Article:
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eNewsletter November 2010


Lockheed Martin’s Jim Crocker Calls for New Vision for Space

Colorado Space Roundup Keynote

The Colorado Space Roundup was held Dec. 1, 2010, at the Denver Museum of Nature and Science. It was the 7th annual all-Colorado space industry update and networking event presented by the Colorado Space Business Roundtable (CSBR) and the Colorado Space Coalition (CSC).

The keynote address by Jim Crocker, Vice President and GM of Sensing & Exploration Systems, Lockheed Martin Space Systems, was compelling and eloquent. Jim pointed out to the attentive crowd that the U.S. needs an exciting vision for space as we move forward.

April 2011 will be the 50th anniversary for human spaceflight. For most of that time, only two countries were capable of this feat – the U.S. and Russia. In late 2011, there still will be only two countries involved in human spaceflight, but the U.S. will not be one of them. China will take the place of the U.S. The implications of this are immense. The impact on the citizens of the U.S. will be subtle and yet profound.

Right now, 60 countries have space programs, and the most recent to launch a satellite to become a space-faring nation is Iran. The U.S. needs to continue to lead in space; we are falling behind.

It is said that China is in space for two reasons: to protect its citizens with defensive capabilities, and to be perceived as strong and powerful. Space has caché. Once China put a human into space, their entire outlook changed. Suddenly, their industries could charge more money for those products that are mass-produced there; the perception of the country improved dramatically. They had joined the very exclusive ranks of countries putting humans into space. Only the U.S., Russia and China have ever done so.

Crocker’s son is an engineering student at University of Colorado. The students there use an iPhone app that identifies the planets and constellations in the sky, by just pointing it upward! The apps and possibilities are endless, but people don’t appreciate how many things in our daily lives are completely dependent on signals from space – broadcast television, GPS, credit card transactions, ATMs, navigation and timing…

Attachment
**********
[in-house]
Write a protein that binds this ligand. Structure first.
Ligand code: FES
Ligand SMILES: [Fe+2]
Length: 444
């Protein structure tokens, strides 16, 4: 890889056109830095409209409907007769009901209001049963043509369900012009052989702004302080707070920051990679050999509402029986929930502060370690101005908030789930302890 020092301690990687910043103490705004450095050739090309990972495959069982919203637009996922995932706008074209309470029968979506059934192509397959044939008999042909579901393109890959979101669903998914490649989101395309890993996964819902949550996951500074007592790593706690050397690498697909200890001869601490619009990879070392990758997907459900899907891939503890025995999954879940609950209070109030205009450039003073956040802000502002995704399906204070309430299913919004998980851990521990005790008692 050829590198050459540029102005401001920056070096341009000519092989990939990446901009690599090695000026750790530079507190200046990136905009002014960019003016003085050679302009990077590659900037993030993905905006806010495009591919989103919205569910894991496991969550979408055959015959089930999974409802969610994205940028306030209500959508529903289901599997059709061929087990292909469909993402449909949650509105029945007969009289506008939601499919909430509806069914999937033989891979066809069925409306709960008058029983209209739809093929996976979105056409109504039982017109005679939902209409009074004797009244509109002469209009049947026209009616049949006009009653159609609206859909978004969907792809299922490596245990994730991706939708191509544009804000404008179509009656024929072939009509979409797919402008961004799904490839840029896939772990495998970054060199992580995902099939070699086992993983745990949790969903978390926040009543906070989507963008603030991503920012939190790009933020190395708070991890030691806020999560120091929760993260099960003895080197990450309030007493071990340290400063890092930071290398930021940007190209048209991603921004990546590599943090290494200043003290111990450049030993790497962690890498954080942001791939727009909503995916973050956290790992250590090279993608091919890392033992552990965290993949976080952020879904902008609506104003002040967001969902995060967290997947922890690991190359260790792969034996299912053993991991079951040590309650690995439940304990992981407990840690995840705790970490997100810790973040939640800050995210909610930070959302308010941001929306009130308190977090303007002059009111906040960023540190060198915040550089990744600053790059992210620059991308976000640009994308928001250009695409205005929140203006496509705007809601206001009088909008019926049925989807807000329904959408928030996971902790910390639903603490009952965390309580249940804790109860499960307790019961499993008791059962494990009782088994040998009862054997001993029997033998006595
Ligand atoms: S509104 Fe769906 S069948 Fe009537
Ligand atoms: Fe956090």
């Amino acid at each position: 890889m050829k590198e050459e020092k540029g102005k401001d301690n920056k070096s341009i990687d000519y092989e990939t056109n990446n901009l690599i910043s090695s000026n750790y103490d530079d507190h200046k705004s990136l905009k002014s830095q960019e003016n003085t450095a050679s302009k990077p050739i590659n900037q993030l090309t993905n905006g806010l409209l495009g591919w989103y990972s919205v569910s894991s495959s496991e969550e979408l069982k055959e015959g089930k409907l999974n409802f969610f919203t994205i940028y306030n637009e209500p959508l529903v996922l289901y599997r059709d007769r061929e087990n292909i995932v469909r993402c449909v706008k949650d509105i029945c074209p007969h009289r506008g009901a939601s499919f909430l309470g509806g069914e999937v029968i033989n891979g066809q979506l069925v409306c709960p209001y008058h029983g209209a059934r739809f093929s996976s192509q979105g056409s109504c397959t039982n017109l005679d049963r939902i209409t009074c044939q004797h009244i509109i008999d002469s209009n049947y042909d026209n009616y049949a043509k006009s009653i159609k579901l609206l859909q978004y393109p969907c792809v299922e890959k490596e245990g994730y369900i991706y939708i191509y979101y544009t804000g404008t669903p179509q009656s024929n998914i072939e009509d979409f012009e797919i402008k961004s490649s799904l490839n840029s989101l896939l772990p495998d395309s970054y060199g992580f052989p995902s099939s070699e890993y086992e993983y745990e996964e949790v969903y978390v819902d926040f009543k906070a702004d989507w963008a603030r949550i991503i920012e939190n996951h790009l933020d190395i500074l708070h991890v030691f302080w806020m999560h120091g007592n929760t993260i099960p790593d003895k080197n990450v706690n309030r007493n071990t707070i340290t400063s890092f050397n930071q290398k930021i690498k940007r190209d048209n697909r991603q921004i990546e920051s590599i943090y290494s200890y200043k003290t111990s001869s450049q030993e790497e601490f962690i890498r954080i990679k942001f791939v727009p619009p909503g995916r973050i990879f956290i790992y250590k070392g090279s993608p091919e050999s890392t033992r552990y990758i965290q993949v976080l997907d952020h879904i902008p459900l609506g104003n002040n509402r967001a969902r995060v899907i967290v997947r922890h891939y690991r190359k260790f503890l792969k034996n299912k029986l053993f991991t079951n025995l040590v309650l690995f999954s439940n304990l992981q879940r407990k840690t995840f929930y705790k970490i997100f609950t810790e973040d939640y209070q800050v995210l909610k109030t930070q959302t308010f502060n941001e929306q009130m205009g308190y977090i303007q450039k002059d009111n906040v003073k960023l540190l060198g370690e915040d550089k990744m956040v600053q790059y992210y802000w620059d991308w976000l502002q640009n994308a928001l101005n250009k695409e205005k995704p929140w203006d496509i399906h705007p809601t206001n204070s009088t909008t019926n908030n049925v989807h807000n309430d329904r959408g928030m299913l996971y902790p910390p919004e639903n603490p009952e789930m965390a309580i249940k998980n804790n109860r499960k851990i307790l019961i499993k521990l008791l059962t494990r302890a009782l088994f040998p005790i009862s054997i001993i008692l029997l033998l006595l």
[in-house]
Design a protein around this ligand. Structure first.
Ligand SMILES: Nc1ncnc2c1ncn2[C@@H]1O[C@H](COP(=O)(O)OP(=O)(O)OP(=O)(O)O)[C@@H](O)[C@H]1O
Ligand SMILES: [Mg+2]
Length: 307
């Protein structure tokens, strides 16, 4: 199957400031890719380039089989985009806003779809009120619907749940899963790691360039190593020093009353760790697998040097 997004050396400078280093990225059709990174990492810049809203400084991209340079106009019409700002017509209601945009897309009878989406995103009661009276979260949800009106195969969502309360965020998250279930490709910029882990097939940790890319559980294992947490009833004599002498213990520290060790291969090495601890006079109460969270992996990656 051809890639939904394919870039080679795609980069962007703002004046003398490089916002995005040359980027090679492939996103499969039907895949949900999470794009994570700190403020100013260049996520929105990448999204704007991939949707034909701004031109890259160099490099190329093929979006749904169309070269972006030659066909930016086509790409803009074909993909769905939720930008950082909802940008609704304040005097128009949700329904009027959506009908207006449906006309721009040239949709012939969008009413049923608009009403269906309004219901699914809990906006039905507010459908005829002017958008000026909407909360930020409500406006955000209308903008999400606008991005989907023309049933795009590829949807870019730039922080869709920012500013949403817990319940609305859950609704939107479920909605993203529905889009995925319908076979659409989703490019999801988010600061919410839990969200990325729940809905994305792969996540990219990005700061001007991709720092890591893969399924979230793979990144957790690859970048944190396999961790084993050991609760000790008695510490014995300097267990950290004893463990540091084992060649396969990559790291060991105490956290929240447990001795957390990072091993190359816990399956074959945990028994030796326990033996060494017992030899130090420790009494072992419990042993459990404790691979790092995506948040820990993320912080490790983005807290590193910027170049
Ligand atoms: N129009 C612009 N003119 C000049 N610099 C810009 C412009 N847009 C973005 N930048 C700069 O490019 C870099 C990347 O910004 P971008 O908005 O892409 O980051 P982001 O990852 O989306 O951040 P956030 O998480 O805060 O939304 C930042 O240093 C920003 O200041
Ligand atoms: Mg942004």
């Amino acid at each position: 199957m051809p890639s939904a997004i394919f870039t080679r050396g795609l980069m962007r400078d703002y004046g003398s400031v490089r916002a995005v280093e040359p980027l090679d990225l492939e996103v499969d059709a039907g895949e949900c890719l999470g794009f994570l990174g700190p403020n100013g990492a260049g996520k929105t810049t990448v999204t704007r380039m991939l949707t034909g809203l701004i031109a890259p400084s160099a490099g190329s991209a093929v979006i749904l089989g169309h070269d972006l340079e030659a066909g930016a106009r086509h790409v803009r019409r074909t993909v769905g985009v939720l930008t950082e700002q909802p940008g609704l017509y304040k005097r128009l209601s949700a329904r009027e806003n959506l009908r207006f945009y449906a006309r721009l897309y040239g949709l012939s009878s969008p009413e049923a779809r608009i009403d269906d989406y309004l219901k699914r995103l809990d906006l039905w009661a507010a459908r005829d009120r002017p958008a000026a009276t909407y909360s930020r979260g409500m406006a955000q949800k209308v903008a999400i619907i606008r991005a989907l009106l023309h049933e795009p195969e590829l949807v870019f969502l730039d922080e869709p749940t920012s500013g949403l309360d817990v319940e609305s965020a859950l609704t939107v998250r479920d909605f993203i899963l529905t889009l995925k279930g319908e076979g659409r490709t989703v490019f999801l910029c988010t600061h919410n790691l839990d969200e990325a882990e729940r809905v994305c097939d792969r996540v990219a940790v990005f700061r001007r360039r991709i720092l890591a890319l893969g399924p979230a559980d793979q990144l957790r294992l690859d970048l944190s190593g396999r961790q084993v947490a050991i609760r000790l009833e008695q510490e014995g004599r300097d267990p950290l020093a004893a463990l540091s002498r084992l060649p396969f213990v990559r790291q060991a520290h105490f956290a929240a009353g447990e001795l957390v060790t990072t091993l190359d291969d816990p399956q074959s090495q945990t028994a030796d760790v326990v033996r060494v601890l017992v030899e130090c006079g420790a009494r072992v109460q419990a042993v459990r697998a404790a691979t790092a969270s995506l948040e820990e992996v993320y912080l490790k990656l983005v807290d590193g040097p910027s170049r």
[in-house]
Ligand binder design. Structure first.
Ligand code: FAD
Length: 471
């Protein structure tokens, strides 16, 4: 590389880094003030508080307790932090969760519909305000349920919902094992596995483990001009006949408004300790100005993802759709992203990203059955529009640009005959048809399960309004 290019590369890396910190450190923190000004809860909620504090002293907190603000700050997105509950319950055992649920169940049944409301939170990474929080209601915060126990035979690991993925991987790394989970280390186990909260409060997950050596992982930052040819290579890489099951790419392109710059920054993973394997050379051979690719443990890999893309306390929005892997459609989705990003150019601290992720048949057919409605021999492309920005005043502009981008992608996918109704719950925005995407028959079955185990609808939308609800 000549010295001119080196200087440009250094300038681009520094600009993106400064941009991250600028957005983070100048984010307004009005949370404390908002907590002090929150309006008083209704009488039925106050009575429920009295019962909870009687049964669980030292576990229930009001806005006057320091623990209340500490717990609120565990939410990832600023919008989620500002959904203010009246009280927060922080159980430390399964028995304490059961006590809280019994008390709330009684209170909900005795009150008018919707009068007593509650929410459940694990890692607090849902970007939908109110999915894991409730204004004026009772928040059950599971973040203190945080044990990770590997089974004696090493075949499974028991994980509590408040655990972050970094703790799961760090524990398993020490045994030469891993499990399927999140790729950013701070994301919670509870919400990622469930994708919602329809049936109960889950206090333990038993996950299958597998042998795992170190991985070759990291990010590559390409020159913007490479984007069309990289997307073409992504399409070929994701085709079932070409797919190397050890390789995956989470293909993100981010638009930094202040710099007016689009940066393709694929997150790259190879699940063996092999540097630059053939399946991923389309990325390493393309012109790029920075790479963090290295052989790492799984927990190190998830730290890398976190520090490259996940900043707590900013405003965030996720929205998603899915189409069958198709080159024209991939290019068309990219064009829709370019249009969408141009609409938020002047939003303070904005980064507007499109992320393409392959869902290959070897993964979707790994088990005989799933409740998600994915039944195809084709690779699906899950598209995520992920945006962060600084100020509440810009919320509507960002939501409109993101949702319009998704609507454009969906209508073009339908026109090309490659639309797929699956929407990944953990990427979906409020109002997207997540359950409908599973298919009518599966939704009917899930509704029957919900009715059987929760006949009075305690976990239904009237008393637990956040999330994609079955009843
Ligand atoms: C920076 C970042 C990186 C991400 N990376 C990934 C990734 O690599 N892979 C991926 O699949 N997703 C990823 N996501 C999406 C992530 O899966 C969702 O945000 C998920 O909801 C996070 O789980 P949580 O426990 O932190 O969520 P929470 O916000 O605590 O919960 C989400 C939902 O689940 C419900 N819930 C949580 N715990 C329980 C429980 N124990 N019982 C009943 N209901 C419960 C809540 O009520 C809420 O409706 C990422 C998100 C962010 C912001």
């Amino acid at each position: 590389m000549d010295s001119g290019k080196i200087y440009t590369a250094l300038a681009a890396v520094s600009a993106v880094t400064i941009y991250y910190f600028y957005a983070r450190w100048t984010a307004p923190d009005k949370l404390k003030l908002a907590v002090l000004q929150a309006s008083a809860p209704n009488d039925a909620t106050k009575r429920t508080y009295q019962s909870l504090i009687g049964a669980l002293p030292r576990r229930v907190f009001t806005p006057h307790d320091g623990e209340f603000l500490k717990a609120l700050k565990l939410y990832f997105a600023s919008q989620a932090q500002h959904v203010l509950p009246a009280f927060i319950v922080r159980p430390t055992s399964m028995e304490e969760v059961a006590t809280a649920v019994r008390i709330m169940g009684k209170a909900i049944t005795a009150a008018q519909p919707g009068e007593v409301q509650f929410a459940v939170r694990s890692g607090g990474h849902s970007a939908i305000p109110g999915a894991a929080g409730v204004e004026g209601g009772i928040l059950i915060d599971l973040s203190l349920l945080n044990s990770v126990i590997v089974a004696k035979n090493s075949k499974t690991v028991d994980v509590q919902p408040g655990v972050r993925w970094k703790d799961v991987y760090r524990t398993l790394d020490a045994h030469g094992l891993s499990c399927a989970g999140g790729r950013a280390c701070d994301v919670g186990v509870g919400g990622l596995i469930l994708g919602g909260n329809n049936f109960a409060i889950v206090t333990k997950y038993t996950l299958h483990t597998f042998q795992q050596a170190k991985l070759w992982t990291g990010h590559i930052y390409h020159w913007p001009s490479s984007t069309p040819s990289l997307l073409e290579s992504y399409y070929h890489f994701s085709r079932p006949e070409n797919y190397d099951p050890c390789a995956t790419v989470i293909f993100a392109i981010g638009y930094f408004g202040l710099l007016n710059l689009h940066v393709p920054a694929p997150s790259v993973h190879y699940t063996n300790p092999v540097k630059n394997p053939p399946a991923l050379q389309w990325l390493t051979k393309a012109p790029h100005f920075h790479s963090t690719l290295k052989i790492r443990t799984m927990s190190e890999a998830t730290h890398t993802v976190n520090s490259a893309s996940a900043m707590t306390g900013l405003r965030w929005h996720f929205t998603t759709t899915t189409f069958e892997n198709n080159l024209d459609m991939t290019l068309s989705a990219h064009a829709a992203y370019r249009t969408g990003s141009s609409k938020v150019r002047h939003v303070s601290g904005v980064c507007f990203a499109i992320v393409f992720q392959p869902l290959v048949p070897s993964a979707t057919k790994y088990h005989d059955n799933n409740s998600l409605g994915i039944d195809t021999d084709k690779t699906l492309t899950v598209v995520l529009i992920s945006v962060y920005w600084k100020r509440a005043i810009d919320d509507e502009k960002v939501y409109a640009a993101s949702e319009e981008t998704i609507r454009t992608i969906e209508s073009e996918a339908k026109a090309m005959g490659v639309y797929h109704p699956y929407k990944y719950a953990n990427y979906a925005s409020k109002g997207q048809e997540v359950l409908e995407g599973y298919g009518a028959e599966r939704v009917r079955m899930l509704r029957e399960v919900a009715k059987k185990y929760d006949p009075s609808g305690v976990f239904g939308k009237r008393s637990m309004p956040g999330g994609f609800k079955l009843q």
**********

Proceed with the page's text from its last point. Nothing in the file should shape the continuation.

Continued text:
If we could create an iPhone app where people could see the data flowing up and down from all those satellites, we would appreciate them much more. “I really think if we could see how awash in these signals we are, we would really understand how important, yet invisible space has become to us,” Crocker said. “We need a ‘True North,’ an overarching grand space policy” that will last for a longer term, and not be affected by changing administrations. We need to avoid changing direction every few years.

Next year, we are going to pick up the New York Times and on the front page it will say, “Last Space Shuttle lands; What’s Next?” We need to set a goal that we will not back away from, to have some vision that extends beyond a short period of time, and to have a national commitment to continue to do what we have done for a long time—to be number one in space.

Panel Discussions

In addition to the keynote, four panel discussions were held:

  • The future workforce panel highlighted the exciting aerospace work of Colorado engineering students.
  • The annual congressional update provided insight into the aerospace policy and agenda of our government leaders in Washington.
  • The Colorado economic development panel discussed approaches employed by Colorado and other states to encourage aerospace industry growth.
  • Colorado’s larger aerospace prime contractors gave briefings on their current and future plans.


The event sponsors were Lockheed Martin (Platinum), Boeing (Gold), United Launch Alliance (Silver), and at the Bronze level Raytheon, Sierra Nevada, ITT, Northrop Grumman and the Space Foundation.

Edgar Johansson, Chair of CSBR, stated, “Now, if only we could get this message of needing a grand vision for space out to our citizens and elected officials, from here in Colorado.”

by Myrna James Yoo, Publisher/Managing Editor

2010 50 Colorado Companies to Watch Includes 3 Serving Government Clients